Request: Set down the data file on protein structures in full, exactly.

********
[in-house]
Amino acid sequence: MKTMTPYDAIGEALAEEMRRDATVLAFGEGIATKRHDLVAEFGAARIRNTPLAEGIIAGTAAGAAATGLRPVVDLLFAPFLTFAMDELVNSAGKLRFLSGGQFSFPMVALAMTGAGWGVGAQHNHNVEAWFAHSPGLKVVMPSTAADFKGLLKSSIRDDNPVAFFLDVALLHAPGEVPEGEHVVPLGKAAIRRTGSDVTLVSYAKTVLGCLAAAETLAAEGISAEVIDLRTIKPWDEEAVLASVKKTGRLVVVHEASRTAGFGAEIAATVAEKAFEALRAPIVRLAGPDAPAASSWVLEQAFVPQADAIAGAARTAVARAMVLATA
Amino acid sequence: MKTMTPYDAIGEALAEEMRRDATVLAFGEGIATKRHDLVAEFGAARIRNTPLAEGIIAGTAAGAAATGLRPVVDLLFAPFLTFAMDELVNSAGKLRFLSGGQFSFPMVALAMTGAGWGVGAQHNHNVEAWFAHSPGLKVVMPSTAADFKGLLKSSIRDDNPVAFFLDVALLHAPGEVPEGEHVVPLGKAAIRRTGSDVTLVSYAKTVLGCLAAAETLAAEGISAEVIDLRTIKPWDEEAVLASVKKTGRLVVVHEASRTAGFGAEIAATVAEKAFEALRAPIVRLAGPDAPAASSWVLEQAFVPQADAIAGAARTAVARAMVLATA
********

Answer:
[in-house]
Amino acid sequence: MKTMTPYDAIGEALAEEMRRDATVLAFGEGIATKRHDLVAEFGAARIRNTPLAEGIIAGTAAGAAATGLRPVVDLLFAPFLTFAMDELVNSAGKLRFLSGGQFSFPMVALAMTGAGWGVGAQHNHNVEAWFAHSPGLKVVMPSTAADFKGLLKSSIRDDNPVAFFLDVALLHAPGEVPEGEHVVPLGKAAIRRTGSDVTLVSYAKTVLGCLAAAETLAAEGISAEVIDLRTIKPWDEEAVLASVKKTGRLVVVHEASRTAGFGAEIAATVAEKAFEALRAPIVRLAGPDAPAASSWVLEQAFVPQADAIAGAARTAVARAMVLATA
Amino acid sequence: MKTMTPYDAIGEALAEEMRRDATVLAFGEGIATKRHDLVAEFGAARIRNTPLAEGIIAGTAAGAAATGLRPVVDLLFAPFLTFAMDELVNSAGKLRFLSGGQFSFPMVALAMTGAGWGVGAQHNHNVEAWFAHSPGLKVVMPSTAADFKGLLKSSIRDDNPVAFFLDVALLHAPGEVPEGEHVVPLGKAAIRRTGSDVTLVSYAKTVLGCLAAAETLAAEGISAEVIDLRTIKPWDEEAVLASVKKTGRLVVVHEASRTAGFGAEIAATVAEKAFEALRAPIVRLAGPDAPAASSWVLEQAFVPQADAIAGAARTAVARAMVLATA